In case you missed it, Oracle has a ten million dollar challenge (here, here and here) to prove that their servers and database software technologies are 5 times faster than IBM.
Up to 10 winners open to U.S. Fortune 1000 companies running an Oracle 11g data warehouse on IBM Power system. Offer expires August 31, 2012 with configuration terms. See this URL for official rules: http://oracle.com/IBMchallenge
Click here to view entry form or click on form below.
Taking a step back for a moment, if you forgot or had not heard, Oracle earlier this summer had their hands slapped by the US Better Business Bureau (BBB) National Advertising Directive (NAD) over performance claims and ads. IBM complained to the BBB that unfair marketing claims about their servers and database products were being made by Oracle (read more here).
Not one to miss a beat or bit or byte of data, not to mention dollars, Oracle has run ads in newspapers and other venues for the Oracle IBM challenge with the winner receiving $10,000,000.00 USD (details here).
This begs the question, who wins, the company or entity that actually can standup and meet the challenge? How about Oracle, do they win if enough people see, hear, talk (or complain) about the ads and challenges? What about the cost, how will Oracle cover that or is it simply a drop in the bucket of an even larger amount of dollars potentially valued in the billions of dollars (e.g. servers, storage, software, services)?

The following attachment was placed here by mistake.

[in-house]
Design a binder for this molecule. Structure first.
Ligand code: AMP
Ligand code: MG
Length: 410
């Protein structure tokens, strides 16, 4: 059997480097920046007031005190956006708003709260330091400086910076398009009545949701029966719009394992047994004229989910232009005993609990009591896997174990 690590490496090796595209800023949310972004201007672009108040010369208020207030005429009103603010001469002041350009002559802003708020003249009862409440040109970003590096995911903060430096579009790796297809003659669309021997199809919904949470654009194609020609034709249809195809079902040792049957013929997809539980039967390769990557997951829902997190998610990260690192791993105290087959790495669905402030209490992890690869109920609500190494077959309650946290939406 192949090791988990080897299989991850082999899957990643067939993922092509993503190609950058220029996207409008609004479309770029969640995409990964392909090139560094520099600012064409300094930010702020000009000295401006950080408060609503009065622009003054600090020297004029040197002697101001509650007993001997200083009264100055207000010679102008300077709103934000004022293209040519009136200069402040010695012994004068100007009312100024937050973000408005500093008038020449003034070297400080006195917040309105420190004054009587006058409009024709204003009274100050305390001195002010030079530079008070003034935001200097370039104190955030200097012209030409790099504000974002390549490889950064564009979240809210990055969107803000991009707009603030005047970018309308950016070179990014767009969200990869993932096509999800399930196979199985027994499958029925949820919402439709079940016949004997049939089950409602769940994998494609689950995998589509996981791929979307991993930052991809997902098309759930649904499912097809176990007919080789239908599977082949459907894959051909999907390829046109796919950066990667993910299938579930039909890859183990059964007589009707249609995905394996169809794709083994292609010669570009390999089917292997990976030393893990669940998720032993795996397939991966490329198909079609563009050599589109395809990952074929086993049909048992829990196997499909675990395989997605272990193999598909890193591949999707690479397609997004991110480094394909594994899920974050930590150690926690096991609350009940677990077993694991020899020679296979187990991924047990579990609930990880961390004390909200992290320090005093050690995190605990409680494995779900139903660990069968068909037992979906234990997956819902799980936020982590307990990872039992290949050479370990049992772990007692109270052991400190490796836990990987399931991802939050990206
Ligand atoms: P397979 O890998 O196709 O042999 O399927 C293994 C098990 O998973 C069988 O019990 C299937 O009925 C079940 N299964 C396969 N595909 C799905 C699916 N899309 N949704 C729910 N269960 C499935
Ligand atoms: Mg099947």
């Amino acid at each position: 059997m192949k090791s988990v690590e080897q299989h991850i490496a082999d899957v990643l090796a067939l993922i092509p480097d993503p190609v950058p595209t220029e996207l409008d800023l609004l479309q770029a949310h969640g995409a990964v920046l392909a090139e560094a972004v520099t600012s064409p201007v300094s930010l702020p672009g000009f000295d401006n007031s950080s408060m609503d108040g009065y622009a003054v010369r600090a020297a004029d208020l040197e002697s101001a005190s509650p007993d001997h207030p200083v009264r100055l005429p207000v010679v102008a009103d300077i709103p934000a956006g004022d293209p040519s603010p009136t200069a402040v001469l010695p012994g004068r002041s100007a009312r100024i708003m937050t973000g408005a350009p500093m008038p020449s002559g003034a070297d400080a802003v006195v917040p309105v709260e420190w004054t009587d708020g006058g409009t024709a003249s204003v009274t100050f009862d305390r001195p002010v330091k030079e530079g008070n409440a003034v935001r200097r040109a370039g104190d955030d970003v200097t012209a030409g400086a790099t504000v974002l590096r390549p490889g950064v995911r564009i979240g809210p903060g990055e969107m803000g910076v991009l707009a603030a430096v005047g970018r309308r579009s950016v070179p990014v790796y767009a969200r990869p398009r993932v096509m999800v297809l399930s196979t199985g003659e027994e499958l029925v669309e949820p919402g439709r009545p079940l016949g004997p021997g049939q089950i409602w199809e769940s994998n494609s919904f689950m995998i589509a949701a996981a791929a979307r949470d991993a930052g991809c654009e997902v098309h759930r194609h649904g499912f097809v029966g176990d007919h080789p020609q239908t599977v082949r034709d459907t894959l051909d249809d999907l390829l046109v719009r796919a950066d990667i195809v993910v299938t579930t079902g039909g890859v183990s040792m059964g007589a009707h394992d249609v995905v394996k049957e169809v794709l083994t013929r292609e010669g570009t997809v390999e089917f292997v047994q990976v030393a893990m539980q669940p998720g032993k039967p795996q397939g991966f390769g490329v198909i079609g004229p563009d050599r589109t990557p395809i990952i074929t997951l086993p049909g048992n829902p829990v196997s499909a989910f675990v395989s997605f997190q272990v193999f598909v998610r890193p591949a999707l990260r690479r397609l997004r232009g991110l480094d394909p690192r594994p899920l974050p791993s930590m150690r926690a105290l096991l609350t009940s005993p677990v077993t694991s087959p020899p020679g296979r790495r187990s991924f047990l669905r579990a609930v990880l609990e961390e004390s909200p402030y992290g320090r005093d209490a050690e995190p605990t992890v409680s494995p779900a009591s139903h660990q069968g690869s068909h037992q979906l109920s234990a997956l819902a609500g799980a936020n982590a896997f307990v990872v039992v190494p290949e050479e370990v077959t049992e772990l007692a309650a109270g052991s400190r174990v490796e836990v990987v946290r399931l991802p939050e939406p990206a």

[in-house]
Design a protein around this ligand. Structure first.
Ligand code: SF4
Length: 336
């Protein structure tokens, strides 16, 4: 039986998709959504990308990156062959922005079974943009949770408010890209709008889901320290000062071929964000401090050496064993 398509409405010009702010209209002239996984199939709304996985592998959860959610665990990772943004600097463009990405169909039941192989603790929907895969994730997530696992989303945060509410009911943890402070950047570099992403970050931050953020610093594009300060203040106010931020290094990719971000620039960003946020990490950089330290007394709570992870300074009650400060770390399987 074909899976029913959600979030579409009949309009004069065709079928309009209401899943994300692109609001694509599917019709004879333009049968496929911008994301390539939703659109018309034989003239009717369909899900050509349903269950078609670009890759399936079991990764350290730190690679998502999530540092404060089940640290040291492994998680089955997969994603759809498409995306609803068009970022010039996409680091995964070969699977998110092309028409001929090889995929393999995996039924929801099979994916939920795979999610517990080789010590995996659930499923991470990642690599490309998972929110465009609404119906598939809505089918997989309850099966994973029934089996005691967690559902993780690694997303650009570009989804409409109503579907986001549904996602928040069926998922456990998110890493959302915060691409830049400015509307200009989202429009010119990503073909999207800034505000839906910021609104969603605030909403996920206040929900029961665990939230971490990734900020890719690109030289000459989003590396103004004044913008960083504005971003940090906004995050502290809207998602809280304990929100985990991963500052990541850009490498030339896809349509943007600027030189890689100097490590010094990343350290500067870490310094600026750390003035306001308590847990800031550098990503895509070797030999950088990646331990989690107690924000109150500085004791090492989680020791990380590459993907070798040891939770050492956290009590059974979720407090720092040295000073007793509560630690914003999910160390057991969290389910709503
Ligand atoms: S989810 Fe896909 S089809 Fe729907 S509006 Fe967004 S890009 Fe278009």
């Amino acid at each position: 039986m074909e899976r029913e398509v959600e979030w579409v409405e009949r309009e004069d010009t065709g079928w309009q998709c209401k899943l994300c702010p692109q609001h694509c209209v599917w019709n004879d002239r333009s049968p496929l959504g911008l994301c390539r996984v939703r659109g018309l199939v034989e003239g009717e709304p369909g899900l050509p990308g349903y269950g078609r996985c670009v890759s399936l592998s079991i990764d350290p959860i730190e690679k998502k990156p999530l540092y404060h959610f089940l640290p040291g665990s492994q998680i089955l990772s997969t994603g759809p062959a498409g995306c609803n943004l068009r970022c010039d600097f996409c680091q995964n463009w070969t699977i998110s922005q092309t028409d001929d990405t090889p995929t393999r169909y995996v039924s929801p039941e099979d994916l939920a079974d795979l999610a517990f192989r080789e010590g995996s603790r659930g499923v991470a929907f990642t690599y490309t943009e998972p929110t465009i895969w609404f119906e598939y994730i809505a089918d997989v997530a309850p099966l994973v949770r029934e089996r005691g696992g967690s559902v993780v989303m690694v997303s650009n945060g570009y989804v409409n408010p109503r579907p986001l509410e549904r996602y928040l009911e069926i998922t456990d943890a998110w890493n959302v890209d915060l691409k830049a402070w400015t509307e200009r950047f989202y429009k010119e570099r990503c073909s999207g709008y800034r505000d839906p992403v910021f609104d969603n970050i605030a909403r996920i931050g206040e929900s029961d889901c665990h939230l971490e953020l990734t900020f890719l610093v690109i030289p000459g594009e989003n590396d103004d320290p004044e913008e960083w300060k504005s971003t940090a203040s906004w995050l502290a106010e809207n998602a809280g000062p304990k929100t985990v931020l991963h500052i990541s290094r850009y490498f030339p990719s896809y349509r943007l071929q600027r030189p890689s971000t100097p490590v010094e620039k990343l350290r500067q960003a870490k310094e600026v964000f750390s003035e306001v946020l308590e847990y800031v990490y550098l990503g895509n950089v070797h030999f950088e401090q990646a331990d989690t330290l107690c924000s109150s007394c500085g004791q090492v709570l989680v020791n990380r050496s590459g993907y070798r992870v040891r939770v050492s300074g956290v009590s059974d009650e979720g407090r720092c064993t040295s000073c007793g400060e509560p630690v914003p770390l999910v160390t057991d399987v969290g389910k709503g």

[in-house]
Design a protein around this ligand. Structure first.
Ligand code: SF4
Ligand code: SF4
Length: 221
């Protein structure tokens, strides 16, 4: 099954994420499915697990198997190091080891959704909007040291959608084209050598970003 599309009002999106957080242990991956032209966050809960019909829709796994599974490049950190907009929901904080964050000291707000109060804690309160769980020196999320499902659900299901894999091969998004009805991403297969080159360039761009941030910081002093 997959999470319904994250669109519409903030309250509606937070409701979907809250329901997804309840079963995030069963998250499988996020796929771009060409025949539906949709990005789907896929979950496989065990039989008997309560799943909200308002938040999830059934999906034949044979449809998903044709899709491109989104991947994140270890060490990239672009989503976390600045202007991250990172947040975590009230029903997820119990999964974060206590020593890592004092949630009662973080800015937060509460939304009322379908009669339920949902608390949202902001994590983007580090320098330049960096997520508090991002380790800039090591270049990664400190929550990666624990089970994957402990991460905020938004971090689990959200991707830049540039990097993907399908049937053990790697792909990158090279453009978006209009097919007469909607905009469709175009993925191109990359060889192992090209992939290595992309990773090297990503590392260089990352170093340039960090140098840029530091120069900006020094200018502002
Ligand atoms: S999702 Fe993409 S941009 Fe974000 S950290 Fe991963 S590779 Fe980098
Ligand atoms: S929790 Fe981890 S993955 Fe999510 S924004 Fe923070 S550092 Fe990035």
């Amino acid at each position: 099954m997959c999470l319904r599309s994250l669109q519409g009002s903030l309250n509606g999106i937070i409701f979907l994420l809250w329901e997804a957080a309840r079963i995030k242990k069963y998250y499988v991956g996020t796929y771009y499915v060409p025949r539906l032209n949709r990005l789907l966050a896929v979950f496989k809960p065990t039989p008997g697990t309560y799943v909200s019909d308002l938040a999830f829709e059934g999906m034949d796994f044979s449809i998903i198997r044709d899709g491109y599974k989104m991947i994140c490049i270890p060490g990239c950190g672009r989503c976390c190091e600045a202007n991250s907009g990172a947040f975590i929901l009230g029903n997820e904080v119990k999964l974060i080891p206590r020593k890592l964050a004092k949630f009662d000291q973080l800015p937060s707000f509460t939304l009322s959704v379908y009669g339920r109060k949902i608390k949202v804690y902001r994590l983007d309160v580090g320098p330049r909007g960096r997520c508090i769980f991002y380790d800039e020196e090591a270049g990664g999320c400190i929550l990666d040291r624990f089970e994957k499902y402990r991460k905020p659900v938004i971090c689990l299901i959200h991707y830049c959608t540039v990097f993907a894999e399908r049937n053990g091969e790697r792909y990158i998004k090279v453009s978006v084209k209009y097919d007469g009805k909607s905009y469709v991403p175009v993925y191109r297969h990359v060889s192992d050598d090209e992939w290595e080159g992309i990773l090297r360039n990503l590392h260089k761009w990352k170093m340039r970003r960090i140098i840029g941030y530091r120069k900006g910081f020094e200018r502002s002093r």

Now for some fun, using an inflation calculator with 1974 dollars as that is when the TV show the six million dollar man made its debut. If you do not know, that is a TV show where an injured government employee (Steve Austin) played by actor Lee Majors was rebuilt using bionic in order to be faster and stronger with the then current technology (ok, TV technology). Using the inflation calculator, the 1974 six million dollar man and machine would cost about $27,882,839.76 in 2012 USD (364.7% increase).
Now using todays what Oracle is calling faster, stronger machine and associated staff for $10,000,000 challenge prize award, would have cost $2,151,861.17 in 1974 dollars. Note that the equal amount of compute processing, storage performance and capacity, networking capability and software abilities in 1974 similar to what is available today would have cost even more than what the inflation calculator shows. For that, we would need to have something like a technology inflation (or improvement) calculator.
Ok, nuff said for now.
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